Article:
- Adjust your messaging on site, and through your pre-and post purchase automations.
Tools that will help you avoid chargebacks
Gorgias Help Desk. Set up your automations to tag any tickets with chargeback type language like “If I don’t hear from you, I’ll contact my bank.
Shipbob, who offers 99.95% accuracy rate in shipping orders, and has warehouses around the world.
Omnisend, I sat in the co-host seat of Season 3 Cart Insiders podcast, talking about automations and workflows. If you’re experiencing any changes, update your automations so your customers know what they need.
Fight Back Against Fraud
An inevitable part of doing business, there's no ecommerce scam Karisse Hendrick hasn't seen, and she's returned to Pitstop to tell you not only how to spot a fraud, but where and when to cut them off before they cut your purse strings and into your profits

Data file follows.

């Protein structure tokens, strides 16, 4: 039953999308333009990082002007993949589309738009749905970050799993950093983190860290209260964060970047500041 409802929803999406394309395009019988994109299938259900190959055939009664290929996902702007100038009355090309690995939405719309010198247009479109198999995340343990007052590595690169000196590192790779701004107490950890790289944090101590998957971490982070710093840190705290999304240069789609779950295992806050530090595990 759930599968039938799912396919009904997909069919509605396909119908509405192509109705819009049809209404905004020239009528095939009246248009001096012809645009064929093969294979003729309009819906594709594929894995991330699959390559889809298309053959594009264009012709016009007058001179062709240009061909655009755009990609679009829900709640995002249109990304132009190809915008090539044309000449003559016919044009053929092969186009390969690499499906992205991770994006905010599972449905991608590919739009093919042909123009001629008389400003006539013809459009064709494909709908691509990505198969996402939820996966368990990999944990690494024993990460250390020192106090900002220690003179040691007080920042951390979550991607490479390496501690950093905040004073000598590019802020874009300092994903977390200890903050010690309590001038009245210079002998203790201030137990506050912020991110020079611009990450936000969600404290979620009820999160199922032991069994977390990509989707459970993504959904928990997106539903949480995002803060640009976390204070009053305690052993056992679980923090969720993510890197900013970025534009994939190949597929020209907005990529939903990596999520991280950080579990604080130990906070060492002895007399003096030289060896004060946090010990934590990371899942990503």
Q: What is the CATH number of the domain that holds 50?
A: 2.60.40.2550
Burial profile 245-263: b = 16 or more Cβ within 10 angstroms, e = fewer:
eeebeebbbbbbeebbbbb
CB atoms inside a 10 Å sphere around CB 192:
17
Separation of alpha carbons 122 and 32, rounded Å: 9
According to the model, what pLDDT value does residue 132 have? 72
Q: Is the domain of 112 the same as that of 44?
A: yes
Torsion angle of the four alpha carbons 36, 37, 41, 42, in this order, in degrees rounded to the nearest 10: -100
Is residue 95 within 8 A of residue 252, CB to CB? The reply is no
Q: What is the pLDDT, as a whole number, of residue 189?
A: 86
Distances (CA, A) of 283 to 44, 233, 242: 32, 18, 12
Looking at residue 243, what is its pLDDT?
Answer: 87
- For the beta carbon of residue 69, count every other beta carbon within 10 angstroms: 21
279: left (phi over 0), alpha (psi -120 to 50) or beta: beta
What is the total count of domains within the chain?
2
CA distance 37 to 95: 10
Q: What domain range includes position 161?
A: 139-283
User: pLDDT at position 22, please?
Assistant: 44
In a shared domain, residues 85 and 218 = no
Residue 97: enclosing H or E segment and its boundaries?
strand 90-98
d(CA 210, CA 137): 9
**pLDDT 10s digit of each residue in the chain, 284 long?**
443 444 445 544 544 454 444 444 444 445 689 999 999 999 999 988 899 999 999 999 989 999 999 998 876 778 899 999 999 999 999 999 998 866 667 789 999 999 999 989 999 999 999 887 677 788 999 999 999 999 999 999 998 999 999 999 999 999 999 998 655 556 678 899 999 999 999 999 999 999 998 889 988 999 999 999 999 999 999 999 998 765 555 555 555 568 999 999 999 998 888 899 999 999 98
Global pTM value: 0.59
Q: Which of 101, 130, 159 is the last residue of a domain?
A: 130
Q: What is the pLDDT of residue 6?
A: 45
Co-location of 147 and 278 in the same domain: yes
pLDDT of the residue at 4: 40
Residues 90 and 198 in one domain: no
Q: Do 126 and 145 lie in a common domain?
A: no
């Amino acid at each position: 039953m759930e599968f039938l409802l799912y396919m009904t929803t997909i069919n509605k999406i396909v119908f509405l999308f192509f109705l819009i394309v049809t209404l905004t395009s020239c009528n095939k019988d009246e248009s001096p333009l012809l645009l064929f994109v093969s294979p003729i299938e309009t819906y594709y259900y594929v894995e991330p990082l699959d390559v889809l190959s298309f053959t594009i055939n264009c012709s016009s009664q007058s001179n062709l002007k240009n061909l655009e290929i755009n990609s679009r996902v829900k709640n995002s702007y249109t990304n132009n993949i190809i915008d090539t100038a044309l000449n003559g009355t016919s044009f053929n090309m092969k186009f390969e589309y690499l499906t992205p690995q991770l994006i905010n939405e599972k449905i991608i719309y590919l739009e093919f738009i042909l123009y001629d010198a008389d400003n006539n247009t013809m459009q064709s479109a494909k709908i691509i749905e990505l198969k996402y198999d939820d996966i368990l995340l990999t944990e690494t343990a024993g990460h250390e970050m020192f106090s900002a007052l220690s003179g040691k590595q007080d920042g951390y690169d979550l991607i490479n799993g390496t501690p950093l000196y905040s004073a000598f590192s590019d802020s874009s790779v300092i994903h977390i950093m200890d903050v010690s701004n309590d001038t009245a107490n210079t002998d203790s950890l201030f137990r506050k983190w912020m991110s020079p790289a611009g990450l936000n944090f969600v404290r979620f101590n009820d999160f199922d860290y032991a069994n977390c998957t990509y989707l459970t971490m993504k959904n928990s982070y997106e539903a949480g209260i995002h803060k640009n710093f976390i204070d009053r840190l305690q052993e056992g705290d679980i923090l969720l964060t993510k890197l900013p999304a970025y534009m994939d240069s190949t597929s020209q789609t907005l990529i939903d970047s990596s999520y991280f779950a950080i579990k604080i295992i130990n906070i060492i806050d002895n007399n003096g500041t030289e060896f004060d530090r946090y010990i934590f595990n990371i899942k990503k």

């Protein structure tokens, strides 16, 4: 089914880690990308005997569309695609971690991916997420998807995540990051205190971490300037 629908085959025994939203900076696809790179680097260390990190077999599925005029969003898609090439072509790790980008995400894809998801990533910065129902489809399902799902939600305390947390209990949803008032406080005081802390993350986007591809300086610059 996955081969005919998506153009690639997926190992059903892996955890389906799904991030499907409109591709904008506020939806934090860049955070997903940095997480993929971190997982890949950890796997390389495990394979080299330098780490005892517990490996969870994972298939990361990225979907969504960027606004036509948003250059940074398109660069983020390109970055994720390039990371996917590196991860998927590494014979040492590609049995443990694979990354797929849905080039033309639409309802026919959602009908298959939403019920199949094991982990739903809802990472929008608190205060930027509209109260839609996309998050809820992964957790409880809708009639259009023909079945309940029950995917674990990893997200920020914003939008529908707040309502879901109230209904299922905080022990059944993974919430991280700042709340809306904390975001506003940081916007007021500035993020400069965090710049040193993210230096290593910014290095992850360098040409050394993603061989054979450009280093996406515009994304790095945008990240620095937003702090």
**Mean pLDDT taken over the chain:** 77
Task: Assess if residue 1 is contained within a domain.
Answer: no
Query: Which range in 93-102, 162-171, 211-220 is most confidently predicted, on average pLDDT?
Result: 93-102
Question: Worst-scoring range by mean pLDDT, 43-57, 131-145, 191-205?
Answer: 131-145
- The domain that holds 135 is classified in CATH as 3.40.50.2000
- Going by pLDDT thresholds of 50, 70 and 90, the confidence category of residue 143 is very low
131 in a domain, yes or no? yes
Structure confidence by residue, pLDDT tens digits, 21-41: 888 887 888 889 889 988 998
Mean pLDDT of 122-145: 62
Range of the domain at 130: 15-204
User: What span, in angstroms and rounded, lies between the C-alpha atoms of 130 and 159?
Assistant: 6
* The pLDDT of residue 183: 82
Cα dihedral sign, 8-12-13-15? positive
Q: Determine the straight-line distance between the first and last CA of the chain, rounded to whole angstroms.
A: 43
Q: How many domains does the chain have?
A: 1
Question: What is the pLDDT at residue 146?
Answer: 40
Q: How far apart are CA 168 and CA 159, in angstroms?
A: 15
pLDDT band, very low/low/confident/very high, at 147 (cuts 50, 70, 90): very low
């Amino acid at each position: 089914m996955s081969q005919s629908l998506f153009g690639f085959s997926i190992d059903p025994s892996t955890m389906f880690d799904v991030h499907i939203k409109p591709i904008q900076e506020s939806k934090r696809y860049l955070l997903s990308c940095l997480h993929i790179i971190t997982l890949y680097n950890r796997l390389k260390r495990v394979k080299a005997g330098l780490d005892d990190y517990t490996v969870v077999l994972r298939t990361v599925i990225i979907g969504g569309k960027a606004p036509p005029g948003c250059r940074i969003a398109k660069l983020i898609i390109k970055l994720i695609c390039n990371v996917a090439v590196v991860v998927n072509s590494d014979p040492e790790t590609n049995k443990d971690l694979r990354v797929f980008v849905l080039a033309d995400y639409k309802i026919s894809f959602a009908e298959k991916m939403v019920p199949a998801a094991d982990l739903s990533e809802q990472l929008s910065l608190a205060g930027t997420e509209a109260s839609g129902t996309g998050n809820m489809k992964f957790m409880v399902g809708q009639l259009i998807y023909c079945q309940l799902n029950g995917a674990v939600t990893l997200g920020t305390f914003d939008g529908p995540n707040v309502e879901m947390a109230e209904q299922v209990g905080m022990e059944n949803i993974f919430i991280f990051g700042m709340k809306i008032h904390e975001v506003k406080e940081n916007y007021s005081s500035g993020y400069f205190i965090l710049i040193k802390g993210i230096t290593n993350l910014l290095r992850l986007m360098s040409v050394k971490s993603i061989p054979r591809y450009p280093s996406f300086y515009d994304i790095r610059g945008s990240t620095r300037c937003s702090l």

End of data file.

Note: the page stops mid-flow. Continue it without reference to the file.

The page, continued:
Although the vast majority of chargebacks are both innocent and easily prevantable, what’s left are the real bad apples of the bunch, the fraudsters & scammers looking to either make a quick buck off your hard work, get some free merchandise or destroy you altogether for nothing more than a laugh.
Things to take away from this episode.
- 1:50 Fraud is inevitable. Sooner or later, your store will come to the attention of a fraudster who will try to take advantage of you. If you sell big ticket items or get a lot of press, expect them sooner than later. No one avoids being targeted forever, so be prepared and don’t get caught by surprise.
- 2:15 A bank transaction is not a guarantee of security. Just because the bank pushed the purchase and charge through doesn’t necessarily mean their client and your customer has the money, or intention, to cover it. That money may be clawed back days later, at your cost, so don’t rush to ship the order or count your cash. It is your responsibility as a merchant to recognize fraudulent activity